To read the submission download the report here Coronavirus Implications for Transport

November 

Planning White paper: "Planning for the Future"

The Transport Planning Society has responded to the government’s consultation on the Planning White Paper, Planning for the Future.  With such major reforms proposed, the TPS put in a significant effort to ensure that we provided a full response that covered our general view on the need for more of a focus on the integration of planning and transport, the likely outcomes from some of the proposals, and that also answered the specific questions.

The response was led by Lynda Addison, our former Chair and leader of our Planning and Transport group, with support from TPS members in that group, particularly Ben Harvey and Nicola Waight. We would like to thank them all for their huge efforts to produce the response document.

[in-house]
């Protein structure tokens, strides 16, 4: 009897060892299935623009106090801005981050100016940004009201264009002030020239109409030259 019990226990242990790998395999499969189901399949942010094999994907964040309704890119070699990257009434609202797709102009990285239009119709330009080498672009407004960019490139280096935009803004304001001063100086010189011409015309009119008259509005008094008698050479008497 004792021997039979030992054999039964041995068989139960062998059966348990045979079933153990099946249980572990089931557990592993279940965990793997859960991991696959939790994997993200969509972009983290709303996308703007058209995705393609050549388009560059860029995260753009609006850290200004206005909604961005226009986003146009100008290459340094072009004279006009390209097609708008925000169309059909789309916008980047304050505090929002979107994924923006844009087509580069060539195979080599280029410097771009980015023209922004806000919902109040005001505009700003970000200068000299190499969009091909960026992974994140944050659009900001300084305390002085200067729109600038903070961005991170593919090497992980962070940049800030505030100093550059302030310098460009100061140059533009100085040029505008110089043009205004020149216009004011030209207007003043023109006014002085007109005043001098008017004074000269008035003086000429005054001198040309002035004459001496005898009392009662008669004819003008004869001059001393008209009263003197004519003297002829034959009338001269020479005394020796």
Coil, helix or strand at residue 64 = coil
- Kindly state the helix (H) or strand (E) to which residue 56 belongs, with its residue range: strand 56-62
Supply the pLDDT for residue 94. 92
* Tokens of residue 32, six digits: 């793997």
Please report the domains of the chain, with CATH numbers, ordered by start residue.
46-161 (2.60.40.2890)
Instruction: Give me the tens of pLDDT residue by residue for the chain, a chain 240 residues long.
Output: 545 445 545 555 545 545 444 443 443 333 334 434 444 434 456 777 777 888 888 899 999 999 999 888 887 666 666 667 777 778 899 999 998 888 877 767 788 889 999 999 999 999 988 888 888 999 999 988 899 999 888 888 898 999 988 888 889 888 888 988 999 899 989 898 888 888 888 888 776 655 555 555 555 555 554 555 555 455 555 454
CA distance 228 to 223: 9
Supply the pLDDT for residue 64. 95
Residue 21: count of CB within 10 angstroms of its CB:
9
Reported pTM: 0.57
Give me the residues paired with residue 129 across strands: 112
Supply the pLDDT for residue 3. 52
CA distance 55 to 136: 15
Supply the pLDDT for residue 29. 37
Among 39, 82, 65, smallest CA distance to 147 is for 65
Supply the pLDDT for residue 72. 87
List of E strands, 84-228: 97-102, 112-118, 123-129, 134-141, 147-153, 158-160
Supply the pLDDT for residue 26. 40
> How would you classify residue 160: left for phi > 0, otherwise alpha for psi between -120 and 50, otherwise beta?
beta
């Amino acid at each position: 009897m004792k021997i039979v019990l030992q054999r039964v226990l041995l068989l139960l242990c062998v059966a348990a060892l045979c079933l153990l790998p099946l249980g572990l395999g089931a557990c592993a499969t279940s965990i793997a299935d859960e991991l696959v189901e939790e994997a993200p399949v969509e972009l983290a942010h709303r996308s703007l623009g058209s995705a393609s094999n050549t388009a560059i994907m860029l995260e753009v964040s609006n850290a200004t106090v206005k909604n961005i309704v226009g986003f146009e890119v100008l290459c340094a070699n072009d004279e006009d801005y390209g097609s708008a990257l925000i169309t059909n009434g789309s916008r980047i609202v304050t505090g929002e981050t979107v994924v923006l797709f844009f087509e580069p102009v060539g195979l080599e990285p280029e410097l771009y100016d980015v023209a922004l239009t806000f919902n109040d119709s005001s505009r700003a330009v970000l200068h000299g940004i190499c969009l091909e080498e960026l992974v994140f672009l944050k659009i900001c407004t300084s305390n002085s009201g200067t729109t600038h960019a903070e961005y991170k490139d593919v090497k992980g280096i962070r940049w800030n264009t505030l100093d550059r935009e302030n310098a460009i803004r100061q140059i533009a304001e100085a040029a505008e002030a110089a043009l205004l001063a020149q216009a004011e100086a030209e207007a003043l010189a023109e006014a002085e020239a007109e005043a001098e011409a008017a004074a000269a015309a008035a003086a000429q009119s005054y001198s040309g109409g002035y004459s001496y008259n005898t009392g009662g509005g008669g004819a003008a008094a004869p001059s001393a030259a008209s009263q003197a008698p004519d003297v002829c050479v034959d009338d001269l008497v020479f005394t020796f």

We also worked closely with our counterparts at the CIHT and RTPI on the response, to discuss key issues and ensure that the organisations were aligned. By working together as organisations and responding with similar views we believe we can have much more influence with government and stakeholders. Following our responses, we are currently arranging a meeting with MHCLG and the DfT to discuss our concerns and identify opportunities to ensure that any of the reforms are effective in achieving the outcomes sought.  We hope we can work with these departments as constructively as possible to get the outcomes we all want.

You can download and read the response here.